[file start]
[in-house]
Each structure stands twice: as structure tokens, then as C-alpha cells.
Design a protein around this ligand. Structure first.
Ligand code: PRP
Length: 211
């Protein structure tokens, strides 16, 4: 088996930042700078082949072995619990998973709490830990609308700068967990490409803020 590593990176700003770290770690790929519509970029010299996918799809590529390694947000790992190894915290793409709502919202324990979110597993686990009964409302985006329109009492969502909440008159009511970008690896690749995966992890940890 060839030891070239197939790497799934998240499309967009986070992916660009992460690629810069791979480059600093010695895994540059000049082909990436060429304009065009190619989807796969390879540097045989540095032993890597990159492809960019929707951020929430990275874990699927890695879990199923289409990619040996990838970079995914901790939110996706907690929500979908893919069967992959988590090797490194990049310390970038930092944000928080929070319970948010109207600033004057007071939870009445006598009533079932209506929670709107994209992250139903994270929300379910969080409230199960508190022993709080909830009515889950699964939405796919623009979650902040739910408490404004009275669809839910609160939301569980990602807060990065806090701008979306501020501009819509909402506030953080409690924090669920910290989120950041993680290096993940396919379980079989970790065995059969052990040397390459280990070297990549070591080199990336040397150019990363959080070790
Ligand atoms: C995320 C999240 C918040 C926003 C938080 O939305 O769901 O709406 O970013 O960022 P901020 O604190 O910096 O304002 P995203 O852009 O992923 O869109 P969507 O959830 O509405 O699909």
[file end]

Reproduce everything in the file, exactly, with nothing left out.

[in-house]
Each structure stands twice: as structure tokens, then as C-alpha cells.
Design a protein around this ligand. Structure first.
Ligand code: PRP
Length: 211
């Protein structure tokens, strides 16, 4: 088996930042700078082949072995619990998973709490830990609308700068967990490409803020 590593990176700003770290770690790929519509970029010299996918799809590529390694947000790992190894915290793409709502919202324990979110597993686990009964409302985006329109009492969502909440008159009511970008690896690749995966992890940890 060839030891070239197939790497799934998240499309967009986070992916660009992460690629810069791979480059600093010695895994540059000049082909990436060429304009065009190619989807796969390879540097045989540095032993890597990159492809960019929707951020929430990275874990699927890695879990199923289409990619040996990838970079995914901790939110996706907690929500979908893919069967992959988590090797490194990049310390970038930092944000928080929070319970948010109207600033004057007071939870009445006598009533079932209506929670709107994209992250139903994270929300379910969080409230199960508190022993709080909830009515889950699964939405796919623009979650902040739910408490404004009275669809839910609160939301569980990602807060990065806090701008979306501020501009819509909402506030953080409690924090669920910290989120950041993680290096993940396919379980079989970790065995059969052990040397390459280990070297990549070591080199990336040397150019990363959080070790
Ligand atoms: C995320 C999240 C918040 C926003 C938080 O939305 O769901 O709406 O970013 O960022 P901020 O604190 O910096 O304002 P995203 O852009 O992923 O869109 P969507 O959830 O509405 O699909």